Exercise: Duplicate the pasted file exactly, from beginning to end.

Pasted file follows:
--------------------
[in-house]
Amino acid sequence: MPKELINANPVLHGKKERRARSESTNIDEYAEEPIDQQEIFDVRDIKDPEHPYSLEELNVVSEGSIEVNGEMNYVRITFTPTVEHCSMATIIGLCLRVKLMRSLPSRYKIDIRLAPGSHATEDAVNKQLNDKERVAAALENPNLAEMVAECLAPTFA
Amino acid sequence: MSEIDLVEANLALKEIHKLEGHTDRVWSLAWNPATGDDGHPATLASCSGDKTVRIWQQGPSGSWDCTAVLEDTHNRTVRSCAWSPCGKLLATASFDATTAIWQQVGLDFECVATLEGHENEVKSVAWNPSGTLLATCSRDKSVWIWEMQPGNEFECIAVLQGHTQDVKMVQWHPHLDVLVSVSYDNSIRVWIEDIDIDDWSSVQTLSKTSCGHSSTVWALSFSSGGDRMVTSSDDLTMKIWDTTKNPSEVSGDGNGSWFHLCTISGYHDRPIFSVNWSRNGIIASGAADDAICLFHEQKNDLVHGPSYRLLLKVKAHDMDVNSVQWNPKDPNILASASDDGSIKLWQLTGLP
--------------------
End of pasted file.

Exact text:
[in-house]
Amino acid sequence: MPKELINANPVLHGKKERRARSESTNIDEYAEEPIDQQEIFDVRDIKDPEHPYSLEELNVVSEGSIEVNGEMNYVRITFTPTVEHCSMATIIGLCLRVKLMRSLPSRYKIDIRLAPGSHATEDAVNKQLNDKERVAAALENPNLAEMVAECLAPTFA
Amino acid sequence: MSEIDLVEANLALKEIHKLEGHTDRVWSLAWNPATGDDGHPATLASCSGDKTVRIWQQGPSGSWDCTAVLEDTHNRTVRSCAWSPCGKLLATASFDATTAIWQQVGLDFECVATLEGHENEVKSVAWNPSGTLLATCSRDKSVWIWEMQPGNEFECIAVLQGHTQDVKMVQWHPHLDVLVSVSYDNSIRVWIEDIDIDDWSSVQTLSKTSCGHSSTVWALSFSSGGDRMVTSSDDLTMKIWDTTKNPSEVSGDGNGSWFHLCTISGYHDRPIFSVNWSRNGIIASGAADDAICLFHEQKNDLVHGPSYRLLLKVKAHDMDVNSVQWNPKDPNILASASDDGSIKLWQLTGLP